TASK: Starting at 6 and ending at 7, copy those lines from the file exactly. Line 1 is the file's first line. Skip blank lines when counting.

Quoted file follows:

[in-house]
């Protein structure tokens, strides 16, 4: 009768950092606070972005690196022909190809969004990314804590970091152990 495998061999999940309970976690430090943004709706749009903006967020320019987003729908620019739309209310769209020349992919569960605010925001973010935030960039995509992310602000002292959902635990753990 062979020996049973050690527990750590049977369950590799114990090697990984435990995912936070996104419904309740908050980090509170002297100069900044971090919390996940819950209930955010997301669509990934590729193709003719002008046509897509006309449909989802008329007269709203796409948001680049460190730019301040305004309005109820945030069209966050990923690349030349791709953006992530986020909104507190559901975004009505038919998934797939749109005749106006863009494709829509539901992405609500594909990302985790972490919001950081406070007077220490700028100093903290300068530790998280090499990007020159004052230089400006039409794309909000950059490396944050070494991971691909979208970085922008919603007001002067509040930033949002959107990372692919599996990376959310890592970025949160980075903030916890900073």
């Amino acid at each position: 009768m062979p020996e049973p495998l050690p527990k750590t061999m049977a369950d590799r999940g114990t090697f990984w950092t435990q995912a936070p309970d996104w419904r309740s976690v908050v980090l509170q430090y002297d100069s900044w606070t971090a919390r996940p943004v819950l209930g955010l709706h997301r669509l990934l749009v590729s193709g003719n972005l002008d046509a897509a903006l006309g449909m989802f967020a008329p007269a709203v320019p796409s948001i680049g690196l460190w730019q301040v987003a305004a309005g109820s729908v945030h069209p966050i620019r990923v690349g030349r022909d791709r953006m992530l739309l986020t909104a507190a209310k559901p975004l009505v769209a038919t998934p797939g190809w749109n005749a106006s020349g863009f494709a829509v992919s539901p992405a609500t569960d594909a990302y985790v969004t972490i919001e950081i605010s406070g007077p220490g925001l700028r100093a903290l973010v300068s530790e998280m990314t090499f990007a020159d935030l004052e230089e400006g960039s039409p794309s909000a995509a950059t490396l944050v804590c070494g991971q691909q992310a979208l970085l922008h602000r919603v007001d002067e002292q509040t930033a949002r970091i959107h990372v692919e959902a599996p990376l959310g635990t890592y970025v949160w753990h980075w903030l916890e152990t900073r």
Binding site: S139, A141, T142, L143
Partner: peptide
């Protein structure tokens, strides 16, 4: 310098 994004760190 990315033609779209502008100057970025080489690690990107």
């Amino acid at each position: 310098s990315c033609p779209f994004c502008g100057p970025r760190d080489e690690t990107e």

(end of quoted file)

């Protein structure tokens, strides 16, 4: 310098 994004760190 990315033609779209502008100057970025080489690690990107």
């Amino acid at each position: 310098s990315c033609p779209f994004c502008g100057p970025r760190d080489e690690t990107e």